If nautical nonsense be something you wish, Kyrie Irving has a pair of shoes to sell you. Porous and yellow Irving is not—he’ll be wearing the Brooklyn Nets’ black-and-white next year—but he is a massive fan of Spongebob Squarepants, so much so that he convinced Nike to partner with Nickelodeon and release a collection of shoes inspired by the denizens of Bikini Bottom.
I met with Irving in the leadup to his major free-agency decision, and as I waited for him at the Nike offices in midtown, a TV chyron asked: “WHAT’S GOING ON WITH KYRIE?” The answer? Nothing much, really, aside from regular trips to Bikini Bottom. He arrived wearing a pair of sheen red shoes with a splat of green on the side of the upper: the Mr. Krabs colorway, obviously. The rest of the set was arrayed in front of him: a radioactive pink-and-green Patrick Star sneaker, a SpongeBob-yellow pair with a quivering swoosh, a soft aqua-blue Squidward shoe with Nike written out in Bikini-Bottom font across the heel, and a white model with a single pink flower for the underwater city’s favorite (only?) Texan squirrel Sandy Cheeks.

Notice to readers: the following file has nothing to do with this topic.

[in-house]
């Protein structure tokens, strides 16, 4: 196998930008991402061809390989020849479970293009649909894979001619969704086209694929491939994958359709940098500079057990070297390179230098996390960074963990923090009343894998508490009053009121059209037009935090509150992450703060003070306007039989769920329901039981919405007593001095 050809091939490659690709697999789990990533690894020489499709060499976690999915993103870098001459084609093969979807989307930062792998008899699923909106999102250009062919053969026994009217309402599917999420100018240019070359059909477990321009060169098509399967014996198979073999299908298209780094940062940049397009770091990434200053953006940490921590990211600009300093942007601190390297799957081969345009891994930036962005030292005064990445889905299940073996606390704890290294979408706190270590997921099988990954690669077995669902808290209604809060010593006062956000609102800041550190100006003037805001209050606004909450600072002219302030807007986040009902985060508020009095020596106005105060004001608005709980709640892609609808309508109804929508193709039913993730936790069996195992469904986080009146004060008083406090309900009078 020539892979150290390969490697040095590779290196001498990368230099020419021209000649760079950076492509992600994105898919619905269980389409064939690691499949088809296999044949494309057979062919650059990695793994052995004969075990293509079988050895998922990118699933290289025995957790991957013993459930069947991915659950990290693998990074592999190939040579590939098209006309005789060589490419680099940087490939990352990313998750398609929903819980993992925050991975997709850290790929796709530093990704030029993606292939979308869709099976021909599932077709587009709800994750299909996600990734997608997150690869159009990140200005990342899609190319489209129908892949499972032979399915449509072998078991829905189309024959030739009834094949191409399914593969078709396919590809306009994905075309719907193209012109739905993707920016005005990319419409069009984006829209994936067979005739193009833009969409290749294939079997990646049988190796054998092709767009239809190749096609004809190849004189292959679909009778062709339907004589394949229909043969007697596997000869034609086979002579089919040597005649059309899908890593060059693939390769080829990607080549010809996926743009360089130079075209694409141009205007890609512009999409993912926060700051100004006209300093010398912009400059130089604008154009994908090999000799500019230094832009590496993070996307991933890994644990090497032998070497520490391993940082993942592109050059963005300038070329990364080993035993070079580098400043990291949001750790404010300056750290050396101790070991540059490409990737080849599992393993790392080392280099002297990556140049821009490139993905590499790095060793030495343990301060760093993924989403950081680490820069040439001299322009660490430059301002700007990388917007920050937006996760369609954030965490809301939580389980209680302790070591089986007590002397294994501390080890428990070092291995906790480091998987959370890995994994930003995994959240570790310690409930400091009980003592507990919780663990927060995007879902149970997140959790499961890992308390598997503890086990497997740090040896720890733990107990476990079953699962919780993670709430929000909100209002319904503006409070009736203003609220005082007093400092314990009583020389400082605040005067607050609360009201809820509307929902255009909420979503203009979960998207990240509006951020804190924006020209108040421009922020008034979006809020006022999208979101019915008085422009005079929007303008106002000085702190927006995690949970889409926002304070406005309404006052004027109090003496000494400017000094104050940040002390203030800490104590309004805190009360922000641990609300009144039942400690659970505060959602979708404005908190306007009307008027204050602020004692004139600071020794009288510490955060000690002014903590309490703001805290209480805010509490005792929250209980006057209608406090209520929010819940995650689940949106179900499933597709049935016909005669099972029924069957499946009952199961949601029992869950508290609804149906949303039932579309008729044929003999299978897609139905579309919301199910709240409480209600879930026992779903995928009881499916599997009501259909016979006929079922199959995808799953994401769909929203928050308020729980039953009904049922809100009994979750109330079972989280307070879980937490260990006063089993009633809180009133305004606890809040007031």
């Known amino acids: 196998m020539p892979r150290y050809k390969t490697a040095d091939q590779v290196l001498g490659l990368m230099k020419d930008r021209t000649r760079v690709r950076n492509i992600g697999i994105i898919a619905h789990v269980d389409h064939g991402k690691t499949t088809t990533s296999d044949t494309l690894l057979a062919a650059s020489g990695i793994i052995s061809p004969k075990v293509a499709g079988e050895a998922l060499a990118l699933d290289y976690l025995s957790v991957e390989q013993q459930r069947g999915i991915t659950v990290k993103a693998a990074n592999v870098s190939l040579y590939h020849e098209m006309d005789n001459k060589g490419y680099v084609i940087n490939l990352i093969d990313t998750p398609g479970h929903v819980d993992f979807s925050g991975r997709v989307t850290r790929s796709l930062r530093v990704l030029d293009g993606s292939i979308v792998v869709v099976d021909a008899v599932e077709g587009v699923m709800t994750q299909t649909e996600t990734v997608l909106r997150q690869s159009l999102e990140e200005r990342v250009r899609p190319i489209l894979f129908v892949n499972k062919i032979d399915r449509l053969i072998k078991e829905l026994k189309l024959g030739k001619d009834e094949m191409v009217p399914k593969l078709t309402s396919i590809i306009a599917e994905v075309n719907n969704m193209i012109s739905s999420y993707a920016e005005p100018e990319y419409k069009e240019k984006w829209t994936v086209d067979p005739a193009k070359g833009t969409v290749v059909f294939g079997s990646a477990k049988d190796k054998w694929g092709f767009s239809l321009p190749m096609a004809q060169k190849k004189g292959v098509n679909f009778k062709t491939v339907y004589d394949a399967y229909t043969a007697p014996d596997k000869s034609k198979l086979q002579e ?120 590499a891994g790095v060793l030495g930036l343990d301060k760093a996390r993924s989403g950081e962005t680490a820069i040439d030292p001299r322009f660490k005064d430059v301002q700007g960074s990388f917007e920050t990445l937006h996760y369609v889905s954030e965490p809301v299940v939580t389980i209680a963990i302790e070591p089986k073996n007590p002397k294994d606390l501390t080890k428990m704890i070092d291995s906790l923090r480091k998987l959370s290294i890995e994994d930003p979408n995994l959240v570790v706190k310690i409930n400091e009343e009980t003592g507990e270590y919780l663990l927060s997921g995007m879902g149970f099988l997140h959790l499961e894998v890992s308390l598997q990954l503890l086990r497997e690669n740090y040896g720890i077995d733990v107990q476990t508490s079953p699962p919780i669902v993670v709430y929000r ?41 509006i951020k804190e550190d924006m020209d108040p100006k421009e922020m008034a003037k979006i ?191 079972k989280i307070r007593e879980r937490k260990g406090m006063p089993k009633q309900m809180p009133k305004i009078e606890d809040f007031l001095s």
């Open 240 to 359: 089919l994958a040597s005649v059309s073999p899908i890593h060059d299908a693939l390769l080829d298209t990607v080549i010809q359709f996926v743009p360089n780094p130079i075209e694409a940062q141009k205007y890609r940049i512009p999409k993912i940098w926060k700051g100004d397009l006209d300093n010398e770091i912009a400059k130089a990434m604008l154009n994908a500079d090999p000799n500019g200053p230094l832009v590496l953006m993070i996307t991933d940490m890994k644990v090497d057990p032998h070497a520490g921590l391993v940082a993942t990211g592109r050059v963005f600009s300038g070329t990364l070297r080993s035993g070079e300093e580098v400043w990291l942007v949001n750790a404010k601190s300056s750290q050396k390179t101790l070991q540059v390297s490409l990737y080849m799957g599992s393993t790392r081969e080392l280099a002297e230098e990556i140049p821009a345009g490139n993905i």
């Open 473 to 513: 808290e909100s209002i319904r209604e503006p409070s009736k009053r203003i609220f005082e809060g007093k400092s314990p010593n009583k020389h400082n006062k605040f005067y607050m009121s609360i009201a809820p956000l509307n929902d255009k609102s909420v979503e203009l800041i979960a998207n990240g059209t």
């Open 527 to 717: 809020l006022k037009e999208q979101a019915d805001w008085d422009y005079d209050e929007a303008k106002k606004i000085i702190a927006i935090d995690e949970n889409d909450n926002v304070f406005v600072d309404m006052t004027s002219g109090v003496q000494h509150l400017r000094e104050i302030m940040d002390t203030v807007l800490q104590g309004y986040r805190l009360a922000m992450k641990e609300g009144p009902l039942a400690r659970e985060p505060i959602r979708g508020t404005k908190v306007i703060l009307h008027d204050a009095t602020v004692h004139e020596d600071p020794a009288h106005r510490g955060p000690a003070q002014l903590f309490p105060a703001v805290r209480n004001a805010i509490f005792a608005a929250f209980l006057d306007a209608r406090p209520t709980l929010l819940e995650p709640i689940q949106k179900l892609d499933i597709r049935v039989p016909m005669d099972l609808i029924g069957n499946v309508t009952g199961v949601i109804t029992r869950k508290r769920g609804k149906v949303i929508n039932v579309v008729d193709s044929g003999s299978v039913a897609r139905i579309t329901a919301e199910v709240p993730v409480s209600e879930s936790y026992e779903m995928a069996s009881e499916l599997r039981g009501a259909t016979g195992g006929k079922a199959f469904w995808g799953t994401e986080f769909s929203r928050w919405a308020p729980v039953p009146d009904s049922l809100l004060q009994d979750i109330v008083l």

SpongeBob might seem an odd concept for a shoe collaboration, but strangeness hasn’t stopped the flat-earth-evangelizing Irving yet, particularly when it comes to his sneakers. He’s done a Friends-themed pair, and a more recent “Third Eye Vision” colorway. Irving understands that breaking through the heap of sneakers today requires something a little more bold. “Seeing this stuff on the street is going to be, automatically [snaps], a conversation,” he says. The strategy is working for him: Irving’s shoes were the best-selling signature sneaker line of 2017, behind only LeBron James, according to data from NPD. NPD doesn’t track sales of signature lines anymore but NPD’s sneaker analyst Matt Powell tells me over email my assumption that ranking held last year is likely correct.
I spoke to Irving about his new collaboration (out August 10th, priced at $130), why Mr. Krabs is like Charles Oakley, and the life lessons he took from SpongeBob.
GQ: Who lives in a pineapple under the sea?
You debuted these last night on WNBA players during a game—what made that the right venue to show these off for the first time?
Because that access offered to them is very important and I feel like we [NBA players] have such a deep-rooted connection to really dope stuff. As a creator, you want to see your stuff live in multiple places and the NBA is great in terms of the marketing, but for me I love utilizing other great people from our art.
Starting with the WNBA was a priority on my list. I pushed it with Nike and said, “Hey, let's get these girls first access to this.” And basketball is going right now—obviously, you could choose the Finals, you can choose players in that space, but for me, I love the girls.
Where does your love for SpongeBob come from?
I was there sitting in front of my TV when the first episode dropped. Really just their storytelling.